Projects

Designing FPGA Applications Through Intelligent Design Space Exploration
Sherlock

FPGAs are becoming an important hardware to improve the ratio compute power / energy utilization for many applications. Robotics applications are notably impacted by requiring more processing power for decision making, while often running on limited power. However, designing an efficient application for FPGA is very time-consuming, and a single design can potentially take several hours to map onto the hardware. Each application is usually composed of many parameters that can affect the running time, accuracy, and other desired objectives. Due to the very large space of possible combinations of these parameters, it is often difficult - even for an expert - to predict the outcome of one particular design. We propose smart design space exploration algorithms based on active learning techniques, capable of selecting the most optimal architectures among a pool of possible designs. We also propose tunable FPGA designs to generate and analyze design spaces for multiple applications, and improve the design space exploration methods. We specifically analyze SLAM (Simultaneous Localization And Mapping) design spaces to improve the implementation of such algorithms on FPGA hardware.

(Download poster)


Spector: OpenCL benchmarks for FPGA

High-level synthesis tools allow programmers to use OpenCL to create FPGA designs. Unfortunately, these tools have a complex compilation process that can take several hours to synthesize a single design. Understanding the design space and guiding the optimization process is crucial, but requires a significant amount of design space data that is currently unavailable or difficult to generate. To solve this problem, we have developed Spector, an OpenCL FPGA benchmark suite. We outfitted each benchmark with a range of optimization parameters (or knobs), compiled thousands of unique designs using the Altera OpenCL SDK, and recorded their corresponding performance and utilization characteristics. These benchmarks and results are completely open-source and available on our repository.

We published and presented this work at the ICFPT 2016 conference in Xi'an, China.



Maya Archaeology: Tunnel Mapping


Many Maya archaeological sites are fragile and not open to the public. We are experimenting with data collection methods to help create 3D visualizations. To enable fast real-time scanning, we are building upon mobile technologies and RGB-D sensors such as Microsoft Kinect, Intel RealSense, the Google Tango tablet, and the NVIDIA Jetson TX2 board. For the 2016 Guatemala deployment, we have developed a basic 3D reconstruction application on the Google Tango and collected data in the excavation sites. For the 2017 deployment, we have built a prototype scanning device consisting of a backpack carrying a laptop and batteries, connected to an external tablet with light and sensors.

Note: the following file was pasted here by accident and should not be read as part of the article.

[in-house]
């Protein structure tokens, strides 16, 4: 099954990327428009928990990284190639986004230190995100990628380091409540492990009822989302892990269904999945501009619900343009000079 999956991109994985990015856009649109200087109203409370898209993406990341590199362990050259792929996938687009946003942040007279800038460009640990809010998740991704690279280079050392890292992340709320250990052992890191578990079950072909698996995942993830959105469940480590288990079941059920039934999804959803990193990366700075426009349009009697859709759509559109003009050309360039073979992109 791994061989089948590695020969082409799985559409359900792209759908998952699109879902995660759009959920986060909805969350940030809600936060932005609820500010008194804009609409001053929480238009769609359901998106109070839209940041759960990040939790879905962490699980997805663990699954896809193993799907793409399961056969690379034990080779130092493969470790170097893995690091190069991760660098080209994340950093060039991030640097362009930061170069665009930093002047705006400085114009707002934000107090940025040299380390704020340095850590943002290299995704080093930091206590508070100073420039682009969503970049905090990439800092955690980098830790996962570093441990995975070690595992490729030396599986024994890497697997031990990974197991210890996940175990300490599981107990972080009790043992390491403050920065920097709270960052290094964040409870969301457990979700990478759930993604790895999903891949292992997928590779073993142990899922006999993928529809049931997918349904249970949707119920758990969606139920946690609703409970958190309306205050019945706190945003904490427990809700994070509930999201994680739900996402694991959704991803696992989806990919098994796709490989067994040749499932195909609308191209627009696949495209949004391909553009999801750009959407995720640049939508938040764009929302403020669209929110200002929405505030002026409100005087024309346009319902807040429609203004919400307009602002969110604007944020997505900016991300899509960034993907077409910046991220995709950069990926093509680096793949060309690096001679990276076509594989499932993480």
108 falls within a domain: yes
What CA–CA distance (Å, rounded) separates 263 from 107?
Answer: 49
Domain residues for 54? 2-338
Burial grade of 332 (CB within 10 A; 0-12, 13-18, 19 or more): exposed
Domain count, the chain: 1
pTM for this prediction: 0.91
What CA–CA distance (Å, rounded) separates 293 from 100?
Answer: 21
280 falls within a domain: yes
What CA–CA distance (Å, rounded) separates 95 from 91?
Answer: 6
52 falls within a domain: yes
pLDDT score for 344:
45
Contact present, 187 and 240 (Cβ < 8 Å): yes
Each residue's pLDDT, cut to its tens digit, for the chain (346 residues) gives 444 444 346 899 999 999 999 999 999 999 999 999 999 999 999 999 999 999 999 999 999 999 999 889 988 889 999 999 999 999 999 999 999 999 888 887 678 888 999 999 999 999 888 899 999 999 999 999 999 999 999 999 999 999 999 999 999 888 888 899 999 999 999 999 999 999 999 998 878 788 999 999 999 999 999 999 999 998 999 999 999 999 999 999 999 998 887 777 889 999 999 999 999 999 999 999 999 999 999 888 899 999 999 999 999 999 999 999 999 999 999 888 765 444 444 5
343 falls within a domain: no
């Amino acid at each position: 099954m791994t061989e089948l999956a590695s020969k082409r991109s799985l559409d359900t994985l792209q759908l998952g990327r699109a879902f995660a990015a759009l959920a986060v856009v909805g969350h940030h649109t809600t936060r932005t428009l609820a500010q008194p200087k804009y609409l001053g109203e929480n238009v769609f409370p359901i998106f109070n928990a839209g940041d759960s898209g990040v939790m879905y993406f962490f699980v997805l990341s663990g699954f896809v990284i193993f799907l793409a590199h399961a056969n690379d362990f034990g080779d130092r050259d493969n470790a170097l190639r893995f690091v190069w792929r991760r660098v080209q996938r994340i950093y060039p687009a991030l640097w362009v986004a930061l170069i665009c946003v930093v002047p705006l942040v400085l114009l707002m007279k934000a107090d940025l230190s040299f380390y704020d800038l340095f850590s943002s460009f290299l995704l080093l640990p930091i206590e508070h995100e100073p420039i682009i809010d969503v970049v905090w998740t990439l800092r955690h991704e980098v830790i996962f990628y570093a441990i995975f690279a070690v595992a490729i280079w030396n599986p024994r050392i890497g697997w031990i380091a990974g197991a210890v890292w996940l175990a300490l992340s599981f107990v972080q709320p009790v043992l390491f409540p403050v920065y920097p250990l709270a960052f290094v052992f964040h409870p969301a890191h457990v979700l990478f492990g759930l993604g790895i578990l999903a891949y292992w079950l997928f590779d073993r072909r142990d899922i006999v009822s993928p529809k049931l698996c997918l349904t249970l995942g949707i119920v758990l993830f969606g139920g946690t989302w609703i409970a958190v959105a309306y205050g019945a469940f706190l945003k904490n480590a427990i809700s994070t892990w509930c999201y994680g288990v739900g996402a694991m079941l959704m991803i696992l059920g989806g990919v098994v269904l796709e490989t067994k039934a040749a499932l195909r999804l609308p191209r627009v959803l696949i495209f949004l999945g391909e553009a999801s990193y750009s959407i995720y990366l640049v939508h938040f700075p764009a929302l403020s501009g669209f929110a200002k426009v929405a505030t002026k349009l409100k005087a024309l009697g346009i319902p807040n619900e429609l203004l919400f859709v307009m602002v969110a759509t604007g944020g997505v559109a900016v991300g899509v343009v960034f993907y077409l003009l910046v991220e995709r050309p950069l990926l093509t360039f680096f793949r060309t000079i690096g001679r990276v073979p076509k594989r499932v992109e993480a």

More information on the Engineers for Exploration webpage.
Here is the corresponding poster that was presented at the UCSD Research expo 2016, and below are related videos.




Building a 3D scanner prototype for the 2017 season:


Collecting data in the archaeological site of El Zotz in Guatemala, field season 2016:

Testing custom 3D reconstruction software on the Google Tango, in Anza-Borrego mud caves, before the 2016 season:




KinectFusion on FPGA


This work is based on KinectFusion, a project developed by Microsoft Research. You can use a Kinect camera to reconstruct your environment in 3D in real-time, just by holding the camera and moving around. However this program requires a modern GPU that uses a lot of power. We want to run it on a more power-efficient hardware and hopefully get to 3D reconstruction for embedded systems. We are modifying the open-source version of KinectFusion, Kinfu, to make it run on a FPGA, by using high-level tools such as the Altera OpenCL SDK. The program is divided into three parts: Iterative Closest Point (ICP) for camera motion tracking, Volumetric Integration (VI) to build the 3D model, and Ray Tracing for screen rendering. We have integrated the ICP algorithm on an FPGA to make an hybrid GPU/FPGA application run in real-time, and we are working on optimizing VI to run efficiently on the FPGA.

We published and presented our work at the ICFPT 2014 conference in Shanghai.



This video presents the project and was created as part of a classwork requirement: